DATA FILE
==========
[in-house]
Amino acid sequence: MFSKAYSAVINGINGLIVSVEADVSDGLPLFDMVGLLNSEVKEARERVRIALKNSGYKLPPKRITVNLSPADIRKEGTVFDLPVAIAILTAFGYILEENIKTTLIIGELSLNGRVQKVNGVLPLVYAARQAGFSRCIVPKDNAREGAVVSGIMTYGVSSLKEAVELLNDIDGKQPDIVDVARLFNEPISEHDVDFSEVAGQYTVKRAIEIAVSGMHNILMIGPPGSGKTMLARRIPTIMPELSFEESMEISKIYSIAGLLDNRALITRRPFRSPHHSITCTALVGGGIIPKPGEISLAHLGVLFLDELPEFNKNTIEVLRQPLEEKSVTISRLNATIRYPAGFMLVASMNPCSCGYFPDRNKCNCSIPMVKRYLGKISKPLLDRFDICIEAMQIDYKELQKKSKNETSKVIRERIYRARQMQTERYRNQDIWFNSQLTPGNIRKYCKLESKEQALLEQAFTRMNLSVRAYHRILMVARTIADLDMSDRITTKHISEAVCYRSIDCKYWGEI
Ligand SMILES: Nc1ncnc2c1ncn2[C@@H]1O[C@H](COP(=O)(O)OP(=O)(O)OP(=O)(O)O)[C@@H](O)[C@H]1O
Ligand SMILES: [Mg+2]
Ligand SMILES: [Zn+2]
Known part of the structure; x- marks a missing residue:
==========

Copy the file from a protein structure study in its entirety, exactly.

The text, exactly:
[in-house]
Amino acid sequence: MFSKAYSAVINGINGLIVSVEADVSDGLPLFDMVGLLNSEVKEARERVRIALKNSGYKLPPKRITVNLSPADIRKEGTVFDLPVAIAILTAFGYILEENIKTTLIIGELSLNGRVQKVNGVLPLVYAARQAGFSRCIVPKDNAREGAVVSGIMTYGVSSLKEAVELLNDIDGKQPDIVDVARLFNEPISEHDVDFSEVAGQYTVKRAIEIAVSGMHNILMIGPPGSGKTMLARRIPTIMPELSFEESMEISKIYSIAGLLDNRALITRRPFRSPHHSITCTALVGGGIIPKPGEISLAHLGVLFLDELPEFNKNTIEVLRQPLEEKSVTISRLNATIRYPAGFMLVASMNPCSCGYFPDRNKCNCSIPMVKRYLGKISKPLLDRFDICIEAMQIDYKELQKKSKNETSKVIRERIYRARQMQTERYRNQDIWFNSQLTPGNIRKYCKLESKEQALLEQAFTRMNLSVRAYHRILMVARTIADLDMSDRITTKHISEAVCYRSIDCKYWGEI
Ligand SMILES: Nc1ncnc2c1ncn2[C@@H]1O[C@H](COP(=O)(O)OP(=O)(O)OP(=O)(O)O)[C@@H](O)[C@H]1O
Ligand SMILES: [Mg+2]
Ligand SMILES: [Zn+2]
Known part of the structure; x- marks a missing residue: